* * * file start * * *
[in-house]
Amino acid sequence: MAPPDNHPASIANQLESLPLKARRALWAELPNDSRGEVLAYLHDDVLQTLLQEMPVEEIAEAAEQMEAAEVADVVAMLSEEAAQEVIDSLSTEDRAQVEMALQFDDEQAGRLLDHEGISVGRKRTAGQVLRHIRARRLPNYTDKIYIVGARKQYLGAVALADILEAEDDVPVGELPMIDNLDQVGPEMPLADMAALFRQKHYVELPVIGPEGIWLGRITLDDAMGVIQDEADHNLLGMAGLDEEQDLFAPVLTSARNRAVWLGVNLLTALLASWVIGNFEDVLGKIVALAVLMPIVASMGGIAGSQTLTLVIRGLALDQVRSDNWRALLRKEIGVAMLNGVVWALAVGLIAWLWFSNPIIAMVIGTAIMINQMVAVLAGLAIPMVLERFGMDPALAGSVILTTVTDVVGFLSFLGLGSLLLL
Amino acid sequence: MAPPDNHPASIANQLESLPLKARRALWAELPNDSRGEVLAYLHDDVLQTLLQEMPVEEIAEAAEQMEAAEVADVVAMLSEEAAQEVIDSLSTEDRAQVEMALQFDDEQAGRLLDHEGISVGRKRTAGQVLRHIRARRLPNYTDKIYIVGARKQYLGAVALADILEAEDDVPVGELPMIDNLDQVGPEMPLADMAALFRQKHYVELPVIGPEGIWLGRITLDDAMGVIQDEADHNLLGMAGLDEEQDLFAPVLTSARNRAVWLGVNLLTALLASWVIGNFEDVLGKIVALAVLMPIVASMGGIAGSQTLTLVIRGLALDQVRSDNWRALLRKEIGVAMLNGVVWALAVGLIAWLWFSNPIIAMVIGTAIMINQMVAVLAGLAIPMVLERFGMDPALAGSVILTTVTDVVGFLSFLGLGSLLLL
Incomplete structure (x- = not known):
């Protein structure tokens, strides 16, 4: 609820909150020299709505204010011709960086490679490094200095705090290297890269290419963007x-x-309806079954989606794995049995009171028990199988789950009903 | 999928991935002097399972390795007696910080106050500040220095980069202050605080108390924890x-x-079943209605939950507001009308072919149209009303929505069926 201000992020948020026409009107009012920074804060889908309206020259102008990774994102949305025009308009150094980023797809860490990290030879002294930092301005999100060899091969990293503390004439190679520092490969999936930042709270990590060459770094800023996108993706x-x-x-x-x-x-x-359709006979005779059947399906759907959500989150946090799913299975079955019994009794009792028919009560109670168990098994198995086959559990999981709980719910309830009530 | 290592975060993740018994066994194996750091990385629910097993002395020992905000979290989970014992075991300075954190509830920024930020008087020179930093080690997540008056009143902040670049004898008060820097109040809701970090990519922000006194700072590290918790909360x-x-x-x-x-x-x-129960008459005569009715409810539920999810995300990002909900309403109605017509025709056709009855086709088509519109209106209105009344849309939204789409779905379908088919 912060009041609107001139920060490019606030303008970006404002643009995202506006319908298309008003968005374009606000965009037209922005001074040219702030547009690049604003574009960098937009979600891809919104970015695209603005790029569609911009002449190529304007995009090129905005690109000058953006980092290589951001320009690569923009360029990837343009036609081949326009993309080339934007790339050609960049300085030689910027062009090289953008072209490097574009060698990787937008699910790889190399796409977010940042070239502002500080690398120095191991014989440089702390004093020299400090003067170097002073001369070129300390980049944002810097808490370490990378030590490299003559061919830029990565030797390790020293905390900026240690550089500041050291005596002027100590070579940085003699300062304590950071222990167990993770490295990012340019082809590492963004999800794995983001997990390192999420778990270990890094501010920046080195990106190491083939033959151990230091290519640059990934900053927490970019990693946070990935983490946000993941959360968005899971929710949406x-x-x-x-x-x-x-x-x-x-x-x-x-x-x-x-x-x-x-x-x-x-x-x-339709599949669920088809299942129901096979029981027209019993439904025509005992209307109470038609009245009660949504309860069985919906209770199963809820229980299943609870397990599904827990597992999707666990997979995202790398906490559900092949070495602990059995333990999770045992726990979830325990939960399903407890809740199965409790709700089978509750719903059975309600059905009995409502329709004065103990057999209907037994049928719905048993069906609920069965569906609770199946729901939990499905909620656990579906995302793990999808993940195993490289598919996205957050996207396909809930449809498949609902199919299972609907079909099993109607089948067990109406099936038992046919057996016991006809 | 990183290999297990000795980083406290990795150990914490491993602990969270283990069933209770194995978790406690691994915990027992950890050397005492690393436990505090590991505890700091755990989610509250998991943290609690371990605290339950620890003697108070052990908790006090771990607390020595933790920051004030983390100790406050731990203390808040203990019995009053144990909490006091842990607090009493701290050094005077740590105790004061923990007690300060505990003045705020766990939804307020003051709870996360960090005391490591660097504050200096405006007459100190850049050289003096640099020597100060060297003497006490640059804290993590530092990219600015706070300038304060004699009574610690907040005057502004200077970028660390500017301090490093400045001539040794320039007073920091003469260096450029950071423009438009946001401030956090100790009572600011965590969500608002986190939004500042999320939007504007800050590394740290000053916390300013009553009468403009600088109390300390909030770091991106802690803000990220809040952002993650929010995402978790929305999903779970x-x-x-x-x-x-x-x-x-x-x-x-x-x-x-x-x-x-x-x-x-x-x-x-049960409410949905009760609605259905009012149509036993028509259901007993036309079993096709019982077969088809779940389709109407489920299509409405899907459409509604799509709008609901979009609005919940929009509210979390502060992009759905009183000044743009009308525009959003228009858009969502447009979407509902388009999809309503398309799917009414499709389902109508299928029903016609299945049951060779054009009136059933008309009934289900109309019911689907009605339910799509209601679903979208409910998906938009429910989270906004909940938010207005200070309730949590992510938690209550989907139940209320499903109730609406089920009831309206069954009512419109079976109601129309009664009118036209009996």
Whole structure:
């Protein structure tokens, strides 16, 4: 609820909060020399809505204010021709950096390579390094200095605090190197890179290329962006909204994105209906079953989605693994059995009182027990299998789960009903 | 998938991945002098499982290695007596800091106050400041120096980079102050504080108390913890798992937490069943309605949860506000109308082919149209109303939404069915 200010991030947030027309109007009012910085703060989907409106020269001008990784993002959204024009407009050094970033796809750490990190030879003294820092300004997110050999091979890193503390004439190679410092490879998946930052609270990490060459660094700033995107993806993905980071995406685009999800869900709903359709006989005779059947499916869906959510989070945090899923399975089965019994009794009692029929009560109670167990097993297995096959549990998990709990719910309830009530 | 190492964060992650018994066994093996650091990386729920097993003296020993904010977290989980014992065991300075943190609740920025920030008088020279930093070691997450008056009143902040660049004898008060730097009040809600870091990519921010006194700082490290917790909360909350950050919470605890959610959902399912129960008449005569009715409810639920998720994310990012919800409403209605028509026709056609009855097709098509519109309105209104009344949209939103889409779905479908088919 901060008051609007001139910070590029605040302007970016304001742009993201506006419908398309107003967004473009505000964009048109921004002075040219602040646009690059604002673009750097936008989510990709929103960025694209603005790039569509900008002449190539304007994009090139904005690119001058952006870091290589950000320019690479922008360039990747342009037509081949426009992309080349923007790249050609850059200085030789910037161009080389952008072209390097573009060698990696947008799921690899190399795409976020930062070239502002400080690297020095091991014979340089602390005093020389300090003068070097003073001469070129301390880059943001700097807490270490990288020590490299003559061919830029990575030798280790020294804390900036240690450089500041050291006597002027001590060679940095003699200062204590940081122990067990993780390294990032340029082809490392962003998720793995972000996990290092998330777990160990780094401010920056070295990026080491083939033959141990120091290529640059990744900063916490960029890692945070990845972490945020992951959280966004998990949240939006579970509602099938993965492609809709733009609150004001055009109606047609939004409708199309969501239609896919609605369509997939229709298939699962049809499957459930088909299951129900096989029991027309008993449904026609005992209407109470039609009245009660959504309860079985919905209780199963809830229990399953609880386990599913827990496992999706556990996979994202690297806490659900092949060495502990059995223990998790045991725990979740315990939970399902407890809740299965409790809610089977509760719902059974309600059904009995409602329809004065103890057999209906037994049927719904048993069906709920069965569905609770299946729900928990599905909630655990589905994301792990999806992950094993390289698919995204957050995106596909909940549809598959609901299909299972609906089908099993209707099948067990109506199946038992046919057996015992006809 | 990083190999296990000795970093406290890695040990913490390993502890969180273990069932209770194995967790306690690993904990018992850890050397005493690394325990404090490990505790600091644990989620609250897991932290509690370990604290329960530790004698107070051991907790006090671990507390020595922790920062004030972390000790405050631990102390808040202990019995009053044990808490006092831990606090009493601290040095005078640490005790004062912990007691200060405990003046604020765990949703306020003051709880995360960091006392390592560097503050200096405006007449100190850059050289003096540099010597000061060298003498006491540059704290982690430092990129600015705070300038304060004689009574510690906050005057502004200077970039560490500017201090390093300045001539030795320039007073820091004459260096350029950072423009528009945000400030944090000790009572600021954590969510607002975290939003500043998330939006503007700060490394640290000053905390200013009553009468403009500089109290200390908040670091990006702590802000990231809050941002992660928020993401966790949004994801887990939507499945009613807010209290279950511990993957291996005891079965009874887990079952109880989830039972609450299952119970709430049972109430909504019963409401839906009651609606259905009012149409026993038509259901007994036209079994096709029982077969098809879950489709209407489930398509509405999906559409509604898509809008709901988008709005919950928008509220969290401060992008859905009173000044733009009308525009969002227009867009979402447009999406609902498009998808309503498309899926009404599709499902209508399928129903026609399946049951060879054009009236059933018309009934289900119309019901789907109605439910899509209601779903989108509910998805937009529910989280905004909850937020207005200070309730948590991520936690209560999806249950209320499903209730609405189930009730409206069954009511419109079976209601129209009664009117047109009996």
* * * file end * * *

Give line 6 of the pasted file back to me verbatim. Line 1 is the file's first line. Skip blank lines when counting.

Whole structure: